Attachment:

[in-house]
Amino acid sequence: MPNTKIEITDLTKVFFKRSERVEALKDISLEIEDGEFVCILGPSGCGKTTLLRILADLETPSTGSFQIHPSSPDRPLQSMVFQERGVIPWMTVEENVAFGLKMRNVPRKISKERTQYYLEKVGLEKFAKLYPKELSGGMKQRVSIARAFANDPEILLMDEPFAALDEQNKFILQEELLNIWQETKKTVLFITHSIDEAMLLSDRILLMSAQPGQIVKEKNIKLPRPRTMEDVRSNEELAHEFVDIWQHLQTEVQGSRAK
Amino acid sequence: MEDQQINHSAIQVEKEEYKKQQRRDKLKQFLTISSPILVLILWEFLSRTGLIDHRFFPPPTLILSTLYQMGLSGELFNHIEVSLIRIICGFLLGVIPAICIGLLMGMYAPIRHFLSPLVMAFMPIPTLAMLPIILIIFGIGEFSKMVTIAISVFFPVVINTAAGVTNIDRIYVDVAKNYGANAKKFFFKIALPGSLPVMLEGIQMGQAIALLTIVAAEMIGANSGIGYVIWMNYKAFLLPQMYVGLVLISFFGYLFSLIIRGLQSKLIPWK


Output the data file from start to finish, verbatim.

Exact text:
[in-house]
Amino acid sequence: MPNTKIEITDLTKVFFKRSERVEALKDISLEIEDGEFVCILGPSGCGKTTLLRILADLETPSTGSFQIHPSSPDRPLQSMVFQERGVIPWMTVEENVAFGLKMRNVPRKISKERTQYYLEKVGLEKFAKLYPKELSGGMKQRVSIARAFANDPEILLMDEPFAALDEQNKFILQEELLNIWQETKKTVLFITHSIDEAMLLSDRILLMSAQPGQIVKEKNIKLPRPRTMEDVRSNEELAHEFVDIWQHLQTEVQGSRAK
Amino acid sequence: MEDQQINHSAIQVEKEEYKKQQRRDKLKQFLTISSPILVLILWEFLSRTGLIDHRFFPPPTLILSTLYQMGLSGELFNHIEVSLIRIICGFLLGVIPAICIGLLMGMYAPIRHFLSPLVMAFMPIPTLAMLPIILIIFGIGEFSKMVTIAISVFFPVVINTAAGVTNIDRIYVDVAKNYGANAKKFFFKIALPGSLPVMLEGIQMGQAIALLTIVAAEMIGANSGIGYVIWMNYKAFLLPQMYVGLVLISFFGYLFSLIIRGLQSKLIPWK